What’s the point of fast food if it isn’t fast?
It’s widely accepted among Japan natives that at ramen restaurants, you eat quickly and you leave. That sentiment rings even truer for Kai, who serves a kind of “regional ramen from Hakata prefecture in western Japan” — a food, he says, that was “born for impatient people.” Plus, there’s often a line of 10 or so people waiting for a seat at Debu-chan.
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But recently patrons on their phones, who are thus not eating quickly, have become a real hinderance to Kai’s operation. “Once, when we were busy, we noticed a customer who didn’t start eating for four minutes,” he told CNN of a man who watched videos while waiting for his food to cool. It’s also Kai’s belief that the quality of the meal lessens with every minute that it goes uneaten.
Instead of putting up signs requesting that customers not use their phones while eating, however, Kai prefers to speak to them individually.“When the seats are full and I see people stopping eating while staring at their smartphones, I tell them (to stop),” he said.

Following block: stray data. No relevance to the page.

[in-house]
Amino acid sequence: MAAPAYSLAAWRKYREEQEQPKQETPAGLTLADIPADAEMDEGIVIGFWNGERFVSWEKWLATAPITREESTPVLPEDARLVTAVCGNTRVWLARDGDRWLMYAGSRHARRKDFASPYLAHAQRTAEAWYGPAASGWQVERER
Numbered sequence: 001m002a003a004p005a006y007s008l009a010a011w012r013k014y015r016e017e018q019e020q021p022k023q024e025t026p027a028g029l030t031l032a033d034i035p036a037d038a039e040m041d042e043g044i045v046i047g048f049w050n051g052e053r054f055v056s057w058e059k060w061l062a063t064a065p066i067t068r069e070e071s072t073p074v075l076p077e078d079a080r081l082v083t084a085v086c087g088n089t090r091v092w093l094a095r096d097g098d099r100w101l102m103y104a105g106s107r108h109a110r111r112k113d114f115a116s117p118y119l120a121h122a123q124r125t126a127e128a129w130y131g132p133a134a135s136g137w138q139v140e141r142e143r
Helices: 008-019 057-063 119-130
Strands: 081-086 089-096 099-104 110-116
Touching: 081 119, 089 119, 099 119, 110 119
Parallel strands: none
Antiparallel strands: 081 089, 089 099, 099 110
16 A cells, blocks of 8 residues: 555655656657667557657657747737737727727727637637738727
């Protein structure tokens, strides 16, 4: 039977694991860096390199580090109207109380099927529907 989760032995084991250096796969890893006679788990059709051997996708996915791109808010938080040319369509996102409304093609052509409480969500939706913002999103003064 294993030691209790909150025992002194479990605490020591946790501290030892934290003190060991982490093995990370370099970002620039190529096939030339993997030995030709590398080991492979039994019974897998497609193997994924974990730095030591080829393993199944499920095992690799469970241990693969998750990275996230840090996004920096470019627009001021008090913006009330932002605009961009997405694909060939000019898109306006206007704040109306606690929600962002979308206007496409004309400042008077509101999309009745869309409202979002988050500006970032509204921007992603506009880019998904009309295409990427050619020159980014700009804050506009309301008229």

Of course, “no cell phones while dining” isn’t exactly a novel idea, and many restaurants have implemented similar policies (though the success rate is another story). It’s especially prevalent in other cultures where, while it may not be the law of the land, it is a sign of respect and appreciation for the meal you’re being served. Further, in Japan it’s considered impolite to talk on the phone in almost all indoor public spaces.
And, to Kai’s credit, what could be more interesting than eating authentic ramen at a highly-coveted restaurant in Tokyo? My guess is nothing you’re looking at on Instagram.
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